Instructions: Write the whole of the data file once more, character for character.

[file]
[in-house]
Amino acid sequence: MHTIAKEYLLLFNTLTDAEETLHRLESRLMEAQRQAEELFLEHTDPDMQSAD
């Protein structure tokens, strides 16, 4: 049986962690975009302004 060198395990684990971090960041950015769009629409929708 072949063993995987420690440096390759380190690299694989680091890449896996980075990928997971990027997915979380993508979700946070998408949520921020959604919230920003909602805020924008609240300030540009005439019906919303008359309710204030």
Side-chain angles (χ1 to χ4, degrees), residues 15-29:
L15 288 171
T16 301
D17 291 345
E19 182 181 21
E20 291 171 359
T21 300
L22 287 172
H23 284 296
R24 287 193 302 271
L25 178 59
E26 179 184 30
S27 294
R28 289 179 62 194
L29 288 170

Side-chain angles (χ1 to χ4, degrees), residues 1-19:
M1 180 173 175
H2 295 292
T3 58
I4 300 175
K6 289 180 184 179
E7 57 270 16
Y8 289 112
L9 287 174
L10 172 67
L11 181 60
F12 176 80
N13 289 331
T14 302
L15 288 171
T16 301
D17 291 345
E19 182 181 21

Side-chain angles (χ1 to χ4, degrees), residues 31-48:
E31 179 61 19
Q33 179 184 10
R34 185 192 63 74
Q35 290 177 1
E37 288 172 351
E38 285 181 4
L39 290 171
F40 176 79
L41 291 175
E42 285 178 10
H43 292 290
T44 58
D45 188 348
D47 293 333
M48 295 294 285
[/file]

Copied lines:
[in-house]
Amino acid sequence: MHTIAKEYLLLFNTLTDAEETLHRLESRLMEAQRQAEELFLEHTDPDMQSAD
């Protein structure tokens, strides 16, 4: 049986962690975009302004 060198395990684990971090960041950015769009629409929708 072949063993995987420690440096390759380190690299694989680091890449896996980075990928997971990027997915979380993508979700946070998408949520921020959604919230920003909602805020924008609240300030540009005439019906919303008359309710204030």
Side-chain angles (χ1 to χ4, degrees), residues 15-29:
L15 288 171
T16 301
D17 291 345
E19 182 181 21
E20 291 171 359
T21 300
L22 287 172
H23 284 296
R24 287 193 302 271
L25 178 59
E26 179 184 30
S27 294
R28 289 179 62 194
L29 288 170

Side-chain angles (χ1 to χ4, degrees), residues 1-19:
M1 180 173 175
H2 295 292
T3 58
I4 300 175
K6 289 180 184 179
E7 57 270 16
Y8 289 112
L9 287 174
L10 172 67
L11 181 60
F12 176 80
N13 289 331
T14 302
L15 288 171
T16 301
D17 291 345
E19 182 181 21

Side-chain angles (χ1 to χ4, degrees), residues 31-48:
E31 179 61 19
Q33 179 184 10
R34 185 192 63 74
Q35 290 177 1
E37 288 172 351
E38 285 181 4
L39 290 171
F40 176 79
L41 291 175
E42 285 178 10
H43 292 290
T44 58
D45 188 348
D47 293 333
M48 295 294 285